A State Journal-Register editorial last summer discussed the “The absurdity of Illinois’ system for redrawing legislative and congressional district boundaries after each Census…” They noted the 17th Congressional District, which is “shaped like a mutilated crocodile.”
The editorial quoted Republican state Sen. Kirk Dillard of Hinsdale, who called Illinois’ redistricting the “root of all evil” at the Capitol. It noted Republican Sen. Dale Righter’s three principles of redistricting reform:
- Politicians should not draw the lines.
- Those who do draw the lines should not take incumbents’ residence into consideration.
- The voting history of those who live in a district cannot be factored in.
“Gerrymandering” is one of those unfortunate American traditions that never was appropriate. As columnist George Will summed it up, voters are supposed to choose their representatives, not the other way around through the creative drawing of districts.
Wikipedia‘s page on redistricting includes this:
“Redistricting…is the process in the United States of changing political borders. This often means changing electoral district and constituency boundaries, usually in response to periodic census results.
In 36 states, the state legislature has primary responsibility for creating a redistricting plan, in many cases subject to approval by the state governor. To reduce the role that legislative politics might play, 5 states (Arizona, Hawaii, Idaho, New Jersey and Washington), carry out congressional redistricting by an independent or bipartisan commission.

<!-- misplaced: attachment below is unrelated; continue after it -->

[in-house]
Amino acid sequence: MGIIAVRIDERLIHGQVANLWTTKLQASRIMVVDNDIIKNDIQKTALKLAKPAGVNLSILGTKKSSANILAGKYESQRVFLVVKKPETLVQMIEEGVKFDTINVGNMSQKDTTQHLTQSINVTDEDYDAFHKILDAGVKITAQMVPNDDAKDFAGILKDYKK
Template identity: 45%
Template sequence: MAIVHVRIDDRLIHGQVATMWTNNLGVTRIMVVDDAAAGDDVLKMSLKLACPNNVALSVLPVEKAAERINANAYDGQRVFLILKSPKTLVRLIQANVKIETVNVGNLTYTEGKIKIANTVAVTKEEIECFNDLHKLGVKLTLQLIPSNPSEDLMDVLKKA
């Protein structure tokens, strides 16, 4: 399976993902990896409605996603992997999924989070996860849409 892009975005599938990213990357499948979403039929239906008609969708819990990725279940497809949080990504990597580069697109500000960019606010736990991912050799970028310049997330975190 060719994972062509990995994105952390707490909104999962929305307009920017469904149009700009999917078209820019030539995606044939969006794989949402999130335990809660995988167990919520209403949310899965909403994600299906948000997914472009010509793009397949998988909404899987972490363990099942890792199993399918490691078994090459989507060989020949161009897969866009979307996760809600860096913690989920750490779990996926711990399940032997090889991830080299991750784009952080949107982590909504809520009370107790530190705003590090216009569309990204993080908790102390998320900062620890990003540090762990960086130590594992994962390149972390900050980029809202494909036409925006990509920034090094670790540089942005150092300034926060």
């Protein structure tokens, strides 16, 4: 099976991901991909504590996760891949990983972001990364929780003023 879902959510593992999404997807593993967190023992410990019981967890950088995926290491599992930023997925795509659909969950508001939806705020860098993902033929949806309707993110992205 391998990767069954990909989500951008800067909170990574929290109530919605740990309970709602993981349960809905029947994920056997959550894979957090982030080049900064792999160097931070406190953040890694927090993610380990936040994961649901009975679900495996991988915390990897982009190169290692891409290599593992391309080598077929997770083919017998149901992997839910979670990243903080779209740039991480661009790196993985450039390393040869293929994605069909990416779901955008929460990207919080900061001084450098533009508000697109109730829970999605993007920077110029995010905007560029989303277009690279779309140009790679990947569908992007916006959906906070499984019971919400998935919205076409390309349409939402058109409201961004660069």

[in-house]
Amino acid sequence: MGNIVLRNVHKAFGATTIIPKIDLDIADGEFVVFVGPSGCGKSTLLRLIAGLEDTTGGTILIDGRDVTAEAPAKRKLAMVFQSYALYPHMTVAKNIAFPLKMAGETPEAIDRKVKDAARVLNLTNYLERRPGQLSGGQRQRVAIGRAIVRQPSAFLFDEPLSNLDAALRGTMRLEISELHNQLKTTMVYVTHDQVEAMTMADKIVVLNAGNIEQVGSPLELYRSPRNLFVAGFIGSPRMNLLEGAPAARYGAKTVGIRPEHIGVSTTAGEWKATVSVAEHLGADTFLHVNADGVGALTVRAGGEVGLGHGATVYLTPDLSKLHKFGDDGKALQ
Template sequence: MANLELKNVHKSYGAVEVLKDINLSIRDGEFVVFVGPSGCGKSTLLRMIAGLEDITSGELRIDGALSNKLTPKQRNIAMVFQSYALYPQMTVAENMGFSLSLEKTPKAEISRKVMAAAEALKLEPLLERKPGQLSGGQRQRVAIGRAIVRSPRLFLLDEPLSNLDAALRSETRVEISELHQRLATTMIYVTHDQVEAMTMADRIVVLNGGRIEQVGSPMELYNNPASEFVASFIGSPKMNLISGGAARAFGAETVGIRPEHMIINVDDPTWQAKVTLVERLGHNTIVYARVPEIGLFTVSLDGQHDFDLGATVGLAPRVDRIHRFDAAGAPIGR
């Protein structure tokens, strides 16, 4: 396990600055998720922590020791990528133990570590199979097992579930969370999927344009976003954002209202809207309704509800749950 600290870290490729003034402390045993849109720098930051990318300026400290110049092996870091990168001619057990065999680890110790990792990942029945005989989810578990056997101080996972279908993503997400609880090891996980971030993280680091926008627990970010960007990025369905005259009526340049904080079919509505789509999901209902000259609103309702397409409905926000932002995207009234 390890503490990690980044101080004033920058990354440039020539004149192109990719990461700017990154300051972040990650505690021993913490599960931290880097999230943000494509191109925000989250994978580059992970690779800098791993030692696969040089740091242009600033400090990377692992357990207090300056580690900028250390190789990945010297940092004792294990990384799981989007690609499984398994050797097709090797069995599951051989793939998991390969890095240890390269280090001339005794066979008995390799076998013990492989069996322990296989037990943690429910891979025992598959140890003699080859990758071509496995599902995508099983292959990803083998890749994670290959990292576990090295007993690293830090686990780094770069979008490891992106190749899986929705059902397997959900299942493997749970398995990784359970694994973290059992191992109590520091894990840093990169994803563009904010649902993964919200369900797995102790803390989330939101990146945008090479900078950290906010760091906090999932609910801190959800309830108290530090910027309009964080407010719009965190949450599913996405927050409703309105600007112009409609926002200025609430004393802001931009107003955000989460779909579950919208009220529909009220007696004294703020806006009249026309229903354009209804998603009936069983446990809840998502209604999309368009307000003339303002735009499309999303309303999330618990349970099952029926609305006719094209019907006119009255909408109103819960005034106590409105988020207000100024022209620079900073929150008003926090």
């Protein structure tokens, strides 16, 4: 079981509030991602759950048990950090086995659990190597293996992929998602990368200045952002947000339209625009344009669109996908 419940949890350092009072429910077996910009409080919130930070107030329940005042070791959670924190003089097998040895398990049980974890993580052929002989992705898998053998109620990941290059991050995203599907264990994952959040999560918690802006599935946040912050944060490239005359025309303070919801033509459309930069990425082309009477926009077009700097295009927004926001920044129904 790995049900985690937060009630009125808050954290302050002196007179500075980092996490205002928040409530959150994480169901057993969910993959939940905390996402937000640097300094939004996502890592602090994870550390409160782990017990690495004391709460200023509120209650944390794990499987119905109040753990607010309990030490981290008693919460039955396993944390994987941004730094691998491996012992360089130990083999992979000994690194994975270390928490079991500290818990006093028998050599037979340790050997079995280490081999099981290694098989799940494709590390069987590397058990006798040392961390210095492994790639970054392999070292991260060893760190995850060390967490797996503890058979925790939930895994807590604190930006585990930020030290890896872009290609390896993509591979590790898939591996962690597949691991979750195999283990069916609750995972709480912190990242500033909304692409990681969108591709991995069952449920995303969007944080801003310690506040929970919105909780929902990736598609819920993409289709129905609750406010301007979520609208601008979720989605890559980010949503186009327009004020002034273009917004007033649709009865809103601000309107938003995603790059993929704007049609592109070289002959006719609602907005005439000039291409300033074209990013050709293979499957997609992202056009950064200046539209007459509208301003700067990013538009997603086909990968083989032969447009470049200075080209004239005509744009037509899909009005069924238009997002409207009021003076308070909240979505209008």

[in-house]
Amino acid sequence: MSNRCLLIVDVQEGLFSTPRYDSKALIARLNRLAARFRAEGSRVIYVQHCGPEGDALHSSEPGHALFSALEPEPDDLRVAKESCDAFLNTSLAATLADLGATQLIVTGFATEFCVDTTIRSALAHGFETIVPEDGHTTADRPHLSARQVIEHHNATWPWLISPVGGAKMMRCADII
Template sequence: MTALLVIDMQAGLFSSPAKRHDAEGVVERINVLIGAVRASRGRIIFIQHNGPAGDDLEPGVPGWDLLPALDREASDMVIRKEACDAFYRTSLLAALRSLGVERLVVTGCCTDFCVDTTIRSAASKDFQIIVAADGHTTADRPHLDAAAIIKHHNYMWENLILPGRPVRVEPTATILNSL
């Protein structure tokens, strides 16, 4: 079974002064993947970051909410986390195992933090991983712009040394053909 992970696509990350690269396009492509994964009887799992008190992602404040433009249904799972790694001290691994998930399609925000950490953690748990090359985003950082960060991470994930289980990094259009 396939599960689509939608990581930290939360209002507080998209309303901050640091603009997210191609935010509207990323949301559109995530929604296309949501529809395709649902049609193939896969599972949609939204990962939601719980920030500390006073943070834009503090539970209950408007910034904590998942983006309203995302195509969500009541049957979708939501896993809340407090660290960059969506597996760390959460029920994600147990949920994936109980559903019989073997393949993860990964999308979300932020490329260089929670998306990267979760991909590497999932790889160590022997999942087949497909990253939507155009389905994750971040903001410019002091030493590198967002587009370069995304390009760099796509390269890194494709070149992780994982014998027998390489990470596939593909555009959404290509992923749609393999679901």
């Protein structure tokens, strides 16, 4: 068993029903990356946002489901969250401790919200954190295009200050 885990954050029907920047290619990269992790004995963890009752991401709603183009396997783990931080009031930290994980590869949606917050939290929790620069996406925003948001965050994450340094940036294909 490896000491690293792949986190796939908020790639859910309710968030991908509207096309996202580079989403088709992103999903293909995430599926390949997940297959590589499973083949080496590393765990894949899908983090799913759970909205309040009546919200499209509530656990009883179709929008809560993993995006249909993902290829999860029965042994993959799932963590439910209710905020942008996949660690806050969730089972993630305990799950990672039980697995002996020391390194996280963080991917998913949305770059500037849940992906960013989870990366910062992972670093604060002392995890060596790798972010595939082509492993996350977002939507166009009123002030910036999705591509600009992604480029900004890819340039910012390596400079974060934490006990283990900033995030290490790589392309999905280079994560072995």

Iowa and Maine give independent bodies authority to propose redistricting plans, but preserve the role of legislatures to approve them.”
The League of Women Voters and other groups have been pushing a referendum to outlaw the corrupt practice of Gerrymandering, and their website sums it up this way:
“Thousands of Illinois voters have been circulating Illinois Fair Map Amendment petitions for four months. Thanks to them and you we’re making a difference and helping other Illinois voters understand why the Amendment is so important to Illinois. Voters are signing the petition because they want to elect their legislators, not the other way around.”
Recently they extended their internal deadline for collecting signatures to April 16th. Since I haven’t been able to ascertain how close they might be to achieving the required number of signatures, I hesitate to suggest that people put time into the effort.
There is a great need for volunteer activities that will be rewarded, and unless the Fair Map supporters go public with their count, look for a better way to donate your time.
Whether or not the referendum makes the ballot, the issue deserves ever more attention – especially from our Republican caucuses in the General Assembly.
To learn more about the proposed Fair Map click here. To read a report by the Illinois Legislative Research Unit from late 2008 titled “Legislative Redistricting in All States,” click here. To read about one of the nation’s best redistricting examples – Iowa – click here.